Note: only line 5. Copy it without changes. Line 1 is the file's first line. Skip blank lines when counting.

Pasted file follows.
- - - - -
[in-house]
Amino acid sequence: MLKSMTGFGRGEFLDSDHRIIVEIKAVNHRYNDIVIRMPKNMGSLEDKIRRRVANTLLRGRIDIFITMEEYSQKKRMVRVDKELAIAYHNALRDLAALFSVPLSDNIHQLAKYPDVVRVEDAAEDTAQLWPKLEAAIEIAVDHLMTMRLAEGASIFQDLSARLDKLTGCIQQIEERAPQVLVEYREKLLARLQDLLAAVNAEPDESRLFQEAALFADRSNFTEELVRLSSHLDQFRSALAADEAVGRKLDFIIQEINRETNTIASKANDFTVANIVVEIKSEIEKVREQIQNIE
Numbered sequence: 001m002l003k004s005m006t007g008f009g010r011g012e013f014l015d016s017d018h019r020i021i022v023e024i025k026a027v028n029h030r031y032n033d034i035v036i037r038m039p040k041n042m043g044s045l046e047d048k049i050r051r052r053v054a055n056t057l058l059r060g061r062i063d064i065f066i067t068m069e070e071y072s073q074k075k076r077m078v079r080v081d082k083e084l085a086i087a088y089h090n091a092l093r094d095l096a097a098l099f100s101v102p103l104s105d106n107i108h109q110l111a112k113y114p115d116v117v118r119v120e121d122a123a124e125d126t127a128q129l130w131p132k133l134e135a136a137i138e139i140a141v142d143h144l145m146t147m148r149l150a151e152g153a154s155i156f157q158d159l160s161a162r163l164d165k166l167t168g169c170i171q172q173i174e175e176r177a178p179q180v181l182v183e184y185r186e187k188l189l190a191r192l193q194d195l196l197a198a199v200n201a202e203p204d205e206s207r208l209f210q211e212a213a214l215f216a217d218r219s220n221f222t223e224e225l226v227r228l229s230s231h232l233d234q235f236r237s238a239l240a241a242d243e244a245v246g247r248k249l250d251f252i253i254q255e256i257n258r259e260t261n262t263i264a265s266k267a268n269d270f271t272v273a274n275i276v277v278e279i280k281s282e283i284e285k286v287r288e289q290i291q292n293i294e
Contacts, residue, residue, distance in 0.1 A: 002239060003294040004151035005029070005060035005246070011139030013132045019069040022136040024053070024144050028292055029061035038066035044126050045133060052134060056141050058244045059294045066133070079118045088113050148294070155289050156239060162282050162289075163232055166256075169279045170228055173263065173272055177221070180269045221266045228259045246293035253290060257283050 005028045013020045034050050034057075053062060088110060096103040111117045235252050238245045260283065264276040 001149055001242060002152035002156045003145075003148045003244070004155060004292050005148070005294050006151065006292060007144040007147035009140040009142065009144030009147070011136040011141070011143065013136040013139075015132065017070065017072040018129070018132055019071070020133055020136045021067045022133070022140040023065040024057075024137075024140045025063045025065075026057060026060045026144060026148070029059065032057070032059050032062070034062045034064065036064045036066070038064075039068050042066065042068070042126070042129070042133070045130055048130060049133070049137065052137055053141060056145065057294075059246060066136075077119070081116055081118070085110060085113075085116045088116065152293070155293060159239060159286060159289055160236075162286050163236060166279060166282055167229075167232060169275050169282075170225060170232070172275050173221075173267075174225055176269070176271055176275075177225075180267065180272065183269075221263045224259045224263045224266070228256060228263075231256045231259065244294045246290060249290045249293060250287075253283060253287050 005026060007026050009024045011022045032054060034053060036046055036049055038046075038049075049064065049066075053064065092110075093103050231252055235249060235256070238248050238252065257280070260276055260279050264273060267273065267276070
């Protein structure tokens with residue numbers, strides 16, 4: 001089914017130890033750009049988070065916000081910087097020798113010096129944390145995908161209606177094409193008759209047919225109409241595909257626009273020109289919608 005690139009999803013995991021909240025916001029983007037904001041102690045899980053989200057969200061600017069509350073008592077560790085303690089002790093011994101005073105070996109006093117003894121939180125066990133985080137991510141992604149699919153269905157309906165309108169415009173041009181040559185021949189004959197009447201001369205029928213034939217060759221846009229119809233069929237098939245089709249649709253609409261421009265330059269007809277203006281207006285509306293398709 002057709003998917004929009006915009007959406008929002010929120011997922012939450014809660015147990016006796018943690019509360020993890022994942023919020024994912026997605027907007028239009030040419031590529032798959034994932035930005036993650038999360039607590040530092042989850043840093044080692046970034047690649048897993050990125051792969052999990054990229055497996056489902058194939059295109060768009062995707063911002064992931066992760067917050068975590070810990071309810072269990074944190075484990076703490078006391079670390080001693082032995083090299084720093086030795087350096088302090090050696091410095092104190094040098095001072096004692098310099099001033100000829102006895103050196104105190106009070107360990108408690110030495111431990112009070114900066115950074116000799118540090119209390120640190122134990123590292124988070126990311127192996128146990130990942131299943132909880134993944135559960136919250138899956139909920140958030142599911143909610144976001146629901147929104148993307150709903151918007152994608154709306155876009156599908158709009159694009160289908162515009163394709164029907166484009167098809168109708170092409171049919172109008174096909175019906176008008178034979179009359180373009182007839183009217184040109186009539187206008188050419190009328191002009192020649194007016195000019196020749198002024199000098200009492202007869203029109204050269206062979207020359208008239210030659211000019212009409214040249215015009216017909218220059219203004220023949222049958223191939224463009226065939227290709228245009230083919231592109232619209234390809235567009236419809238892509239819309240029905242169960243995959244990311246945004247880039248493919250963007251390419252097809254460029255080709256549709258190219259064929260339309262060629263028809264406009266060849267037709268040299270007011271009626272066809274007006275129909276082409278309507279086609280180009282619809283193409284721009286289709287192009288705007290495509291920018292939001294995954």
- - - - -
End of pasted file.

């Protein structure tokens with residue numbers, strides 16, 4: 001089914017130890033750009049988070065916000081910087097020798113010096129944390145995908161209606177094409193008759209047919225109409241595909257626009273020109289919608 005690139009999803013995991021909240025916001029983007037904001041102690045899980053989200057969200061600017069509350073008592077560790085303690089002790093011994101005073105070996109006093117003894121939180125066990133985080137991510141992604149699919153269905157309906165309108169415009173041009181040559185021949189004959197009447201001369205029928213034939217060759221846009229119809233069929237098939245089709249649709253609409261421009265330059269007809277203006281207006285509306293398709 002057709003998917004929009006915009007959406008929002010929120011997922012939450014809660015147990016006796018943690019509360020993890022994942023919020024994912026997605027907007028239009030040419031590529032798959034994932035930005036993650038999360039607590040530092042989850043840093044080692046970034047690649048897993050990125051792969052999990054990229055497996056489902058194939059295109060768009062995707063911002064992931066992760067917050068975590070810990071309810072269990074944190075484990076703490078006391079670390080001693082032995083090299084720093086030795087350096088302090090050696091410095092104190094040098095001072096004692098310099099001033100000829102006895103050196104105190106009070107360990108408690110030495111431990112009070114900066115950074116000799118540090119209390120640190122134990123590292124988070126990311127192996128146990130990942131299943132909880134993944135559960136919250138899956139909920140958030142599911143909610144976001146629901147929104148993307150709903151918007152994608154709306155876009156599908158709009159694009160289908162515009163394709164029907166484009167098809168109708170092409171049919172109008174096909175019906176008008178034979179009359180373009182007839183009217184040109186009539187206008188050419190009328191002009192020649194007016195000019196020749198002024199000098200009492202007869203029109204050269206062979207020359208008239210030659211000019212009409214040249215015009216017909218220059219203004220023949222049958223191939224463009226065939227290709228245009230083919231592109232619209234390809235567009236419809238892509239819309240029905242169960243995959244990311246945004247880039248493919250963007251390419252097809254460029255080709256549709258190219259064929260339309262060629263028809264406009266060849267037709268040299270007011271009626272066809274007006275129909276082409278309507279086609280180009282619809283193409284721009286289709287192009288705007290495509291920018292939001294995954």